WASHINGTON, D.C. (November 10, 2022) – Today, the Biden Administration proposed a new rule requiring major Federal contractors  to disclose Scope 1, Scope 2, and relevant categories of Scope 3 emissions and to set emissions reduction targets.  

Under the proposed rule, Federal contractors receiving more than $50 million in annual contracts must report greenhouse gas emissions via the Carbon Disclosure Project (CDP) in alignment with the Task Force on Climate-Related Financial Disclosures (TCFD) and must establish science-based emissions reduction targets validated by the Science Based Targets initiative (SBTi). Federal contractors receiving less than $50 million but more than $7.5 million are required to report Scope 1 and Scope 2 emissions.  

The proposed rule cites Greenhouse Gas Protocol, the leading international standard-setter, as the emissions accounting standard to which Federal contractors must adhere in the reporting process. At the foundation of the proposed rule’s disclosure requirements, GHG Protocol will be a critical part of the Administration reaching its goal of net-zero emissions procurement by 2050.  

Following is a statement from Pankaj Bhatia, Global Director of Greenhouse Gas Protocol:  

“This proposed rule adds rigor and transparency to the U.S. government’s efforts to drive down emissions. It also raises the bar for other governments and businesses to leverage their influence and opportunities across the supply chains to advance ambitious climate goals.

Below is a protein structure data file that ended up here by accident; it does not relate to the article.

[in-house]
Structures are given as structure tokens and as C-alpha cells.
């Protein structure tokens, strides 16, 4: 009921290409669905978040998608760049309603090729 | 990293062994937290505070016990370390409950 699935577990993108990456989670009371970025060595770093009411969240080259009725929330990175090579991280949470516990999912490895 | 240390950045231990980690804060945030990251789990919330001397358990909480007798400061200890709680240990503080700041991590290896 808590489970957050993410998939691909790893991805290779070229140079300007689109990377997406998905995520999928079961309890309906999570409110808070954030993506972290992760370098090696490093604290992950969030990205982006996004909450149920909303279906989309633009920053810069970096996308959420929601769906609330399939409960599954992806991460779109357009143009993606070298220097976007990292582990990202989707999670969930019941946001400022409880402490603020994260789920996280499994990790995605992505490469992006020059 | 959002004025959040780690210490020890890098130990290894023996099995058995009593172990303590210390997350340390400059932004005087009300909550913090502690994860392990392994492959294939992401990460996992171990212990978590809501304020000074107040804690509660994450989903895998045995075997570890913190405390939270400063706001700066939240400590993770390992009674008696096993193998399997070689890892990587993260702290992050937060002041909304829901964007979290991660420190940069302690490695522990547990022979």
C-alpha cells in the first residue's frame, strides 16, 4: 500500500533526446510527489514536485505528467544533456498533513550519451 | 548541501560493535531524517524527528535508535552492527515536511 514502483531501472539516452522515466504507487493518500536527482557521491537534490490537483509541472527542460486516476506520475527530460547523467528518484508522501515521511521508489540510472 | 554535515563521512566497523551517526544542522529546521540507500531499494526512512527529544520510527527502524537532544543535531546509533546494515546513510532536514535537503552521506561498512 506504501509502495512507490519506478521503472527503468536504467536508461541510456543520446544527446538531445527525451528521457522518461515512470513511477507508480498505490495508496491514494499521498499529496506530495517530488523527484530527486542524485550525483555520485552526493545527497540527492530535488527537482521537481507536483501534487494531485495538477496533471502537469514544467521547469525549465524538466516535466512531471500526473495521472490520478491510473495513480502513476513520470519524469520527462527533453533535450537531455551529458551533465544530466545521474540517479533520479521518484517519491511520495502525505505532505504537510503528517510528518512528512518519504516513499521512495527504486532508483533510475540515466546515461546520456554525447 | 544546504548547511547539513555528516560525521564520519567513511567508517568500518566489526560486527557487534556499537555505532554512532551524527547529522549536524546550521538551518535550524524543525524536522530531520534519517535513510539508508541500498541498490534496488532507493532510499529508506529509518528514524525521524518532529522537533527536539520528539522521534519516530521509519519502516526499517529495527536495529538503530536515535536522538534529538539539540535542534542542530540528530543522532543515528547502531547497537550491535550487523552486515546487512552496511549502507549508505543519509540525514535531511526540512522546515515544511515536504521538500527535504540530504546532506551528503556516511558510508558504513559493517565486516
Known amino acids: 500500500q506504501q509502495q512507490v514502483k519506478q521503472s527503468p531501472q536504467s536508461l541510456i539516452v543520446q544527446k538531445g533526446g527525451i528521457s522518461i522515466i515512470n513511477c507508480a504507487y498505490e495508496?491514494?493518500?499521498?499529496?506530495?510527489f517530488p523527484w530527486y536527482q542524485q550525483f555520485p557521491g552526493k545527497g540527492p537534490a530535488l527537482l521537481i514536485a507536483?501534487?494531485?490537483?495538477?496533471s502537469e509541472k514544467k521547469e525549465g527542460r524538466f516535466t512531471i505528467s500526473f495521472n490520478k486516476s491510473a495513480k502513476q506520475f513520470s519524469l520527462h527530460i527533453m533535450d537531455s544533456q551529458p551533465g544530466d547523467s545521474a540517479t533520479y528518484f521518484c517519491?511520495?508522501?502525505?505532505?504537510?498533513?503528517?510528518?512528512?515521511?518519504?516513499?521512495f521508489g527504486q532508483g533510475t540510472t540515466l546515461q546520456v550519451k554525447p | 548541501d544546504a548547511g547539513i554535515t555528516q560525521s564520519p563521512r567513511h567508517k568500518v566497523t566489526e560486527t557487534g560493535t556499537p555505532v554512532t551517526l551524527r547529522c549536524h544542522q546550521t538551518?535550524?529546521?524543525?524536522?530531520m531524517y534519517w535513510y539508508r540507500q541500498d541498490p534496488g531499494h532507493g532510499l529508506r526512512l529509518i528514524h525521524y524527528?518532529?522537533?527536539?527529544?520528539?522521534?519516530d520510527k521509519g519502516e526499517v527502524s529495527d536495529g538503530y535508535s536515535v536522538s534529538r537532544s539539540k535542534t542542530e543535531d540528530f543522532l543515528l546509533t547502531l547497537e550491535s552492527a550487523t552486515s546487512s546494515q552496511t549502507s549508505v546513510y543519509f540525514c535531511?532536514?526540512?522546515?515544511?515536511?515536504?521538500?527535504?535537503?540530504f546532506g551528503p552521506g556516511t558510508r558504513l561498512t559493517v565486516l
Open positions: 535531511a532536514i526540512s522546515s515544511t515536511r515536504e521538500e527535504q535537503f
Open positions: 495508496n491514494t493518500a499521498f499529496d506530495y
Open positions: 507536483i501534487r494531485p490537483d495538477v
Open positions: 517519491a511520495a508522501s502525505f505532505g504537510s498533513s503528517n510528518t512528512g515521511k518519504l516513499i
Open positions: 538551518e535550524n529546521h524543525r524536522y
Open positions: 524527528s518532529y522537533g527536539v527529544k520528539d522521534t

“The Administration’s adoption of GHG Protocol’s Scope 3 Standard for major Federal contractors demonstrates that evaluating supply chain emissions is strategic and critical  for facilitating emissions reductions. Scope 3 emissions account for an average of three-quarters of a company’s emissions. Last year more than 3,300 companies reported Scope 3 emissions in the public CDP dataset.  

“With this proposed rule, the Administration is providing a valuable model for other stakeholders as it becomes increasingly important for governments and corporations to provide visibility into their climate risks and resilience across their supply chains.”